Actinomycosis in animals

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bovine actinomycosis, 3-years-old bull, 2-month evolution
bony swelling of the right maxillae
thick matter (top) and old fistulous granulomas

Actinomycosis in animals is caused by Actinomyces bovis (whereas human infections are usually due to A. israelii).

Actinomycosis is a quite common condition in cattle, where it is referred to as lumpy jaw or senfed (moroccan arabic), but it can also occur in horses, swine, dogs and rarely in sheep. In all these species, actinomycosis results in cold abscess, with granulomatous formations on the fistulised place.

Actinomycosis in cattle[edit]

It is a common condition in weaned calves, young bulls, and heifers. The disease has a chronic course, and the general condition can remain quite good.

There is a swelling of the maxilla and mandible. Fistulisation occurs after some days, leaving a thick, yellowish, non-odorous pus, with mineralised, 2 to 5 mm grains therein.

Later on, a granuloma will form in the place of fistulisation.

The bony lesions are followed by periostitis, with permanent deformation of the facial bones.

Causes[edit]

The Actinomyces bacteria that cause lumpy jaw are always present in a healthy cattle's mouth. In order for infection to occur, there must be tissue damage, which is often caused by unusually rough feed that scratches the mouth of the animal or by contact with sharp objects, such as sticks or brambles.[1] Given the mode of infection, lumpy jaw is not contagious.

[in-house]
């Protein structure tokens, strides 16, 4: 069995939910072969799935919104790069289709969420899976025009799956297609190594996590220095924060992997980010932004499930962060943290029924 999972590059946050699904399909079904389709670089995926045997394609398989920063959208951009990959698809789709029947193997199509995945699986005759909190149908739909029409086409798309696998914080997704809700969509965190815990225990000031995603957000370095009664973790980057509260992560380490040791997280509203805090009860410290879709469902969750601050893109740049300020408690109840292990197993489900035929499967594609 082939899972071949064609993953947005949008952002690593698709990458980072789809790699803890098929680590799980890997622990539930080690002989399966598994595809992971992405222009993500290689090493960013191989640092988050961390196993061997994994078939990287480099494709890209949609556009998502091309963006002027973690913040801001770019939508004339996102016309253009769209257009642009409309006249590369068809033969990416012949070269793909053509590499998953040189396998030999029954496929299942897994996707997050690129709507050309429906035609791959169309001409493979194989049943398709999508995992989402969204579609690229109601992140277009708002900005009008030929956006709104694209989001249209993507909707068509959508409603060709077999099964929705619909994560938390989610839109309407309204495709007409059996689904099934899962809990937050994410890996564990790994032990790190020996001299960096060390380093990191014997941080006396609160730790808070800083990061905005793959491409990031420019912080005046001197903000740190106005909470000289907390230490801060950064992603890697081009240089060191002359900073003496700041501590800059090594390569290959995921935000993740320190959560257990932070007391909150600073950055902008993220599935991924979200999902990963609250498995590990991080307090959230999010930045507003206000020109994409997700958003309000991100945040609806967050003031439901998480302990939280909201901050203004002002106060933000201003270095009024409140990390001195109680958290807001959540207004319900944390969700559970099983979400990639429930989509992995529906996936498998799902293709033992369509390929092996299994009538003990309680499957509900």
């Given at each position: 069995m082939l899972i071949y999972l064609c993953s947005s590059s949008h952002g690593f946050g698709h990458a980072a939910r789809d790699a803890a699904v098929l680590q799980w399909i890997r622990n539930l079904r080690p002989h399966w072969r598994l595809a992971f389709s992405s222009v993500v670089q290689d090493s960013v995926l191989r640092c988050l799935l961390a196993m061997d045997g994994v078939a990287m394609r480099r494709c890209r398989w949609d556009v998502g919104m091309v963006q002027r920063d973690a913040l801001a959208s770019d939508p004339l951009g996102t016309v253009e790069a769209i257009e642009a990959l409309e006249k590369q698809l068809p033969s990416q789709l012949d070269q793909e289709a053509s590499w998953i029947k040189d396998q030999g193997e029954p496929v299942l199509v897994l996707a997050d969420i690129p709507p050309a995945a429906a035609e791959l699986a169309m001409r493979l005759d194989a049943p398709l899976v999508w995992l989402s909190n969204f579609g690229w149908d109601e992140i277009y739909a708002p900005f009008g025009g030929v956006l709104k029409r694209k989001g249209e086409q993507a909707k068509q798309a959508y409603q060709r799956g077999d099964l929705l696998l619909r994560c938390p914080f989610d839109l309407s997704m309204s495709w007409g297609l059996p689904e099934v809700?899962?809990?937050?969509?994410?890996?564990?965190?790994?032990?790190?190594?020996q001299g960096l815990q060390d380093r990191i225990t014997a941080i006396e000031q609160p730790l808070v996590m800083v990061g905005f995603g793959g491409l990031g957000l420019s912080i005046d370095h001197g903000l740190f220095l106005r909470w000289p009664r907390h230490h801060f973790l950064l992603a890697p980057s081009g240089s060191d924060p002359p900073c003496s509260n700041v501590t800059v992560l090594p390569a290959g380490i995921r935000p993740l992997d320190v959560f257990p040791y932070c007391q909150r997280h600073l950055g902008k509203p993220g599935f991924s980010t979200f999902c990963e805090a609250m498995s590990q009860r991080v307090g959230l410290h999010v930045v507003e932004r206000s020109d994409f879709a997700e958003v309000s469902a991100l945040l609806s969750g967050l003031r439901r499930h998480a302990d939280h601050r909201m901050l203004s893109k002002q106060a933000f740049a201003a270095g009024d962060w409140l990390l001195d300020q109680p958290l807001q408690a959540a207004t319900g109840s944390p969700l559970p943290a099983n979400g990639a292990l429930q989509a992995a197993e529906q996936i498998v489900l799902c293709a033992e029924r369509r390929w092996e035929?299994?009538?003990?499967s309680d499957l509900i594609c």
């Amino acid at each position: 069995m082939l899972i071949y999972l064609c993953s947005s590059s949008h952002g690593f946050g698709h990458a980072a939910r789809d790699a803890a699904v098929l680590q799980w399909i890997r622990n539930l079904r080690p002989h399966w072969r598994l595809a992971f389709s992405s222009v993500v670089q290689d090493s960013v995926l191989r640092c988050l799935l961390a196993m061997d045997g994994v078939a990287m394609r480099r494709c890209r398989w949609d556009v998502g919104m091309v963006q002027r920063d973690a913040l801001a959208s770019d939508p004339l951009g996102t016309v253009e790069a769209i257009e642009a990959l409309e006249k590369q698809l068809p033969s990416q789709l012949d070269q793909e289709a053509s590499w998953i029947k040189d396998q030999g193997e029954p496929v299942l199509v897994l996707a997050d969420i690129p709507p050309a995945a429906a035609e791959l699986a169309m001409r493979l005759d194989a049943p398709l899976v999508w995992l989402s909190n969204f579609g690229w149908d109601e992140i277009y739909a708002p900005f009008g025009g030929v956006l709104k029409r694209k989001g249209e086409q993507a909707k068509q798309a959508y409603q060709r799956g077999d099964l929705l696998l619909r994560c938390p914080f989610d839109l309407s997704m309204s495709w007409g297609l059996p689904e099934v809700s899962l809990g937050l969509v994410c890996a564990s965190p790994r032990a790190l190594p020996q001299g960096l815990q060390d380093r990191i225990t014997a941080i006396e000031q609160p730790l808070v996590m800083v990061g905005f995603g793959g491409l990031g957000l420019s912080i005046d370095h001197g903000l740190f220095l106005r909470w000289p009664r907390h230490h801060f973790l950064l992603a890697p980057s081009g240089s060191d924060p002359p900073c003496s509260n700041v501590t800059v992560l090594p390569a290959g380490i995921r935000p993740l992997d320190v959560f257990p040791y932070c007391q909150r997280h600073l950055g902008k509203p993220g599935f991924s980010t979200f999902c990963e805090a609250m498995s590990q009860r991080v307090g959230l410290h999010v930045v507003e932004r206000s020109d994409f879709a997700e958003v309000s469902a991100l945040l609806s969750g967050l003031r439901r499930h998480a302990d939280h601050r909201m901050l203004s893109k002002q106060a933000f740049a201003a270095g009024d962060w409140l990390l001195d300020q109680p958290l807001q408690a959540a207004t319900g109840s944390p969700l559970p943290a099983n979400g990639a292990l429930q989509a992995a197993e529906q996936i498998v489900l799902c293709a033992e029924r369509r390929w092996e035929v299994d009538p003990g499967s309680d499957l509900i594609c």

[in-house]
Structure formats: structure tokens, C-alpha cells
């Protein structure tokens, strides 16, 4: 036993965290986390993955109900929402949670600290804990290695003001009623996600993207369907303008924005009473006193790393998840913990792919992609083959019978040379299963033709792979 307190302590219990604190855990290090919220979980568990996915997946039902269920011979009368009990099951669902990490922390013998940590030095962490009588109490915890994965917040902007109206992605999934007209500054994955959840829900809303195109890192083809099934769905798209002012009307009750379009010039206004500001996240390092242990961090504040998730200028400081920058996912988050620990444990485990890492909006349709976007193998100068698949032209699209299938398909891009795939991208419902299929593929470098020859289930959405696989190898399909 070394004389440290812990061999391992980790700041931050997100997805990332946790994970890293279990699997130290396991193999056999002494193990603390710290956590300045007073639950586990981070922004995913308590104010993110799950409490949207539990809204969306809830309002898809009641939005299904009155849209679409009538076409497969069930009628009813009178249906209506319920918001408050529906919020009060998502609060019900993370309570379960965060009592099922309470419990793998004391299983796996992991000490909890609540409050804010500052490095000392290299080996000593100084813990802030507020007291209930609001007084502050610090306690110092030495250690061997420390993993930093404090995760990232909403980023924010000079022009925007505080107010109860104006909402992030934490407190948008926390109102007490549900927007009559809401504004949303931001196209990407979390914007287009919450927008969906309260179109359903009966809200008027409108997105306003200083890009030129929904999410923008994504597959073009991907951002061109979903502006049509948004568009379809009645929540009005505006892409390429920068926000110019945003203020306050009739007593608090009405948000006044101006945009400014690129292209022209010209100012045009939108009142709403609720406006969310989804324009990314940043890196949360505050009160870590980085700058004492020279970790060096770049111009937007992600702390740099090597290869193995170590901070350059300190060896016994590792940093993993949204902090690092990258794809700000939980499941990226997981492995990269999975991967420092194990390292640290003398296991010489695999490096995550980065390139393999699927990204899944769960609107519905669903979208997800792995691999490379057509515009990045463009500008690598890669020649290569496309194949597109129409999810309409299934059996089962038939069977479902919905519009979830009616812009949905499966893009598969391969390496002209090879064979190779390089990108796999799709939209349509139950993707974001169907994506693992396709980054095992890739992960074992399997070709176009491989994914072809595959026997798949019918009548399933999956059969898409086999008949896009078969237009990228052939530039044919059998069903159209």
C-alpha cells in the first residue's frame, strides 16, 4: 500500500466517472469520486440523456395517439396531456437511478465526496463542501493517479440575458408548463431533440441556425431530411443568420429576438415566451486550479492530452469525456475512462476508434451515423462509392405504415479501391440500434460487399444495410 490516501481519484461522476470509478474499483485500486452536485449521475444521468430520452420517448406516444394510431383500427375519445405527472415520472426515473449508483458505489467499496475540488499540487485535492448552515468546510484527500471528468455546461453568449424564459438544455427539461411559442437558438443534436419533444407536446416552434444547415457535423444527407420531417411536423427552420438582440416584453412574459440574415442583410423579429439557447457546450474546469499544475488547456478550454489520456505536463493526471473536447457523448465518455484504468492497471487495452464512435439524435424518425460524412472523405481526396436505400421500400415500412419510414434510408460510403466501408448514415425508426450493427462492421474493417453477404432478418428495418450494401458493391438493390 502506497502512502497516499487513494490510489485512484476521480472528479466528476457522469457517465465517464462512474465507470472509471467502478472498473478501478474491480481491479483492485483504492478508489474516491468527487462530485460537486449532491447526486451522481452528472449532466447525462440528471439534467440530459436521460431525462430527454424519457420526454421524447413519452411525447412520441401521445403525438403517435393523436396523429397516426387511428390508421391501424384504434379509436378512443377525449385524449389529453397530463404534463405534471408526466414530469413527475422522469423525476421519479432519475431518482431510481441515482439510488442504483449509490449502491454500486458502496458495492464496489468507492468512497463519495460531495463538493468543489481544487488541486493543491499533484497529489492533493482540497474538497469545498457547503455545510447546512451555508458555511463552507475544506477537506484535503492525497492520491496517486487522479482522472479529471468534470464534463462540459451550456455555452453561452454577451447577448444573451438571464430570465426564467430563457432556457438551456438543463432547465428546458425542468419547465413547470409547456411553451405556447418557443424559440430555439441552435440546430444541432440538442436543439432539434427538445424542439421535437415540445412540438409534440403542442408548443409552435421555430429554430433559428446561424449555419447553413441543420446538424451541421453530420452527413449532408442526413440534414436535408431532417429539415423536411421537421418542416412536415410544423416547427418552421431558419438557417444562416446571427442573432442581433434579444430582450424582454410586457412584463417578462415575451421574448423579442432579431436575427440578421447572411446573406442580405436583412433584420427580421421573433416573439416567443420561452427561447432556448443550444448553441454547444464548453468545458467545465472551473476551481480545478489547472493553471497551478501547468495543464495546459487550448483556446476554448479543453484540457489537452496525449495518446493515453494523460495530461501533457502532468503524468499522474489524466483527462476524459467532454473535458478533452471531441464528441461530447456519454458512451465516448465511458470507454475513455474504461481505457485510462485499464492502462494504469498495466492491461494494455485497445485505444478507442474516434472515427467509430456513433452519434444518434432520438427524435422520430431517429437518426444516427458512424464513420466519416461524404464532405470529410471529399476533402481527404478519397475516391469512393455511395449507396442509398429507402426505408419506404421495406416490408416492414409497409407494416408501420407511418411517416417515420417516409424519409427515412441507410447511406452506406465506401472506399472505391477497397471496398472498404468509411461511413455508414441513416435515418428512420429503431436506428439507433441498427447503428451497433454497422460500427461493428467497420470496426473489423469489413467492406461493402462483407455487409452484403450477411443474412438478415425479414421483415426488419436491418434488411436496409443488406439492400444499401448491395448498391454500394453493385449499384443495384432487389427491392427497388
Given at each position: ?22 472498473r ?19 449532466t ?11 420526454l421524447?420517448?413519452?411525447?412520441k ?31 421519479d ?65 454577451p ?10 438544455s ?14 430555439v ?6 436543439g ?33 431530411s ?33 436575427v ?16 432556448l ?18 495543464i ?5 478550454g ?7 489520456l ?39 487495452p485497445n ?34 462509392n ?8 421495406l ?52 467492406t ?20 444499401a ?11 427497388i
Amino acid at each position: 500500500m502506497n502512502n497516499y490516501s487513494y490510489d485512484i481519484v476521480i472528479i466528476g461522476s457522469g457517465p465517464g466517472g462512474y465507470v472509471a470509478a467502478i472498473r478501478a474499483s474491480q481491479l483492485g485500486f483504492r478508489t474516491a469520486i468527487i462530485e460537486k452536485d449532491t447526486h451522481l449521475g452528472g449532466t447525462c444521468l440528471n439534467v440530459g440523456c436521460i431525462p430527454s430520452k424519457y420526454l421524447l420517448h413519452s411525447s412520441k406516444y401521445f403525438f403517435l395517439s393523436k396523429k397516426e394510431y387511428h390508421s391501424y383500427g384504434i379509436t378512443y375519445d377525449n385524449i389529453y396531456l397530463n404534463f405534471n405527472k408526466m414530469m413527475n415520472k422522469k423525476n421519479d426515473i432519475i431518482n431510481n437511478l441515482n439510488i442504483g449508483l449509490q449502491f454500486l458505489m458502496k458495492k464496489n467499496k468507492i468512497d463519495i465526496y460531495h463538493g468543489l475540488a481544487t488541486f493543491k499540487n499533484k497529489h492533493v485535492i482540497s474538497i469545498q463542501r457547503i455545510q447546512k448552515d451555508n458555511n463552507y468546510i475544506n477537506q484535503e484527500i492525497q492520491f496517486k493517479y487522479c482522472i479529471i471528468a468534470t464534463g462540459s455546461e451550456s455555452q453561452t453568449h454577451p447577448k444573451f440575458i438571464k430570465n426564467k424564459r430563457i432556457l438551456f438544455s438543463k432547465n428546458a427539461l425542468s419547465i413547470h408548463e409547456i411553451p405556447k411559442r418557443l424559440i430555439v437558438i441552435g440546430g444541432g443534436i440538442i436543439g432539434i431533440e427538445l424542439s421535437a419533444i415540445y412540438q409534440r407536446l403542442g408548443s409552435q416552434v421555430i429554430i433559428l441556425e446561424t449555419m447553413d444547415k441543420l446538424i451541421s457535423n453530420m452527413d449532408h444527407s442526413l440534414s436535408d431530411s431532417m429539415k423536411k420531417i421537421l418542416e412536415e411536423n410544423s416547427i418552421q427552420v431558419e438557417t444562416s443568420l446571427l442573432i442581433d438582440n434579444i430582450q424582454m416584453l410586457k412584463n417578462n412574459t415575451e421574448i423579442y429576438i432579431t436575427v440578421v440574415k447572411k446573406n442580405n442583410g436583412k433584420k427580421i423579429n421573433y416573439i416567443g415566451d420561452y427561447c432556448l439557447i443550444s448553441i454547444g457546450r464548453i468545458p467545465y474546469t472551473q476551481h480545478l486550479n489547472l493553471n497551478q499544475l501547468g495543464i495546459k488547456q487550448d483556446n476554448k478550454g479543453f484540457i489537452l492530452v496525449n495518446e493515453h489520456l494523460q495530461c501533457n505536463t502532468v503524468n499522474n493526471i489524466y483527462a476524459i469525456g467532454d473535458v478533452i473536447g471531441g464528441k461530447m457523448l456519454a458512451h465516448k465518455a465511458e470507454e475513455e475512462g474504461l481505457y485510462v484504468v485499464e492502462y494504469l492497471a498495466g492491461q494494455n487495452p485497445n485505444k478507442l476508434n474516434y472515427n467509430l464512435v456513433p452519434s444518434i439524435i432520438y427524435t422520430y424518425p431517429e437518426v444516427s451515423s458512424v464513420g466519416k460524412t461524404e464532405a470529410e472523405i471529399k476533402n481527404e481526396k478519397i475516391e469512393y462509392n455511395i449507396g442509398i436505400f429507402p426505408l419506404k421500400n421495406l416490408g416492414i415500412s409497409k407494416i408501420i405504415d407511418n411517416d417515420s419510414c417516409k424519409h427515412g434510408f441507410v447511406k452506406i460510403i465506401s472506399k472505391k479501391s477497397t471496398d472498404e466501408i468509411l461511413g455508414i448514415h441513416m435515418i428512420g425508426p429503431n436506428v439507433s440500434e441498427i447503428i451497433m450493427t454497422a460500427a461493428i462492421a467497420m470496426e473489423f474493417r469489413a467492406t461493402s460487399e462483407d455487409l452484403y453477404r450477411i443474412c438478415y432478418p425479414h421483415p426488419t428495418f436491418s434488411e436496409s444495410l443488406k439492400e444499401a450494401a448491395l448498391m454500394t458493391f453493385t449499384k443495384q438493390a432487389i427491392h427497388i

Treatment[edit]

The affected areas are treated with iodine solutions. A common method to achieve this is to give the cattle sodium iodide orally on a regular treatment schedule. Antibiotics such as Tetracyclines are also used. These two treatment methods can be used alone or together; simultaneous use is considered more aggressive. Killing the bacteria that cause the infection is the ultimately purpose of these treatment methods. However, they are seldom effective unless treatment is started very early.[1][2]

It is notable that surgery is not typically considered for treatment of cattle as it is in extreme human cases.[3]

Misdiagnosis[edit]

As is often the case, there are diseases/conditions with signs and symptoms that are similar to actinomycosis. As such, misdiagnoses can occur. Some examples include abscesses caused by grass seeds, woody tongue, bottle jaw, cancerous growths, and irritation caused by lodged objects.[1]

References[edit]

  1. ^ a b c Roche, M., & Warrnambool. (2015). Lumpy jaw. Retrieved from http://agriculture.vic.gov.au/agriculture/pests-diseases-and-weeds/animal-diseases/beef-and-dairy-cows/lumpy-jaw
  2. ^ Smith, G. W. (2013). Overview of Actinomycosis. In The Merck Veterinary Manual (Actinomycosis). Retrieved from http://www.merckvetmanual.com/mvm/generalized_conditions/actinomycosis/overview_of_actinomycosis.html
  3. ^ Okulicz, J. F. (2016). Actinomycosis Treatment & Management. Retrieved from http://emedicine.medscape.com/article/211587-treatment

External links[edit]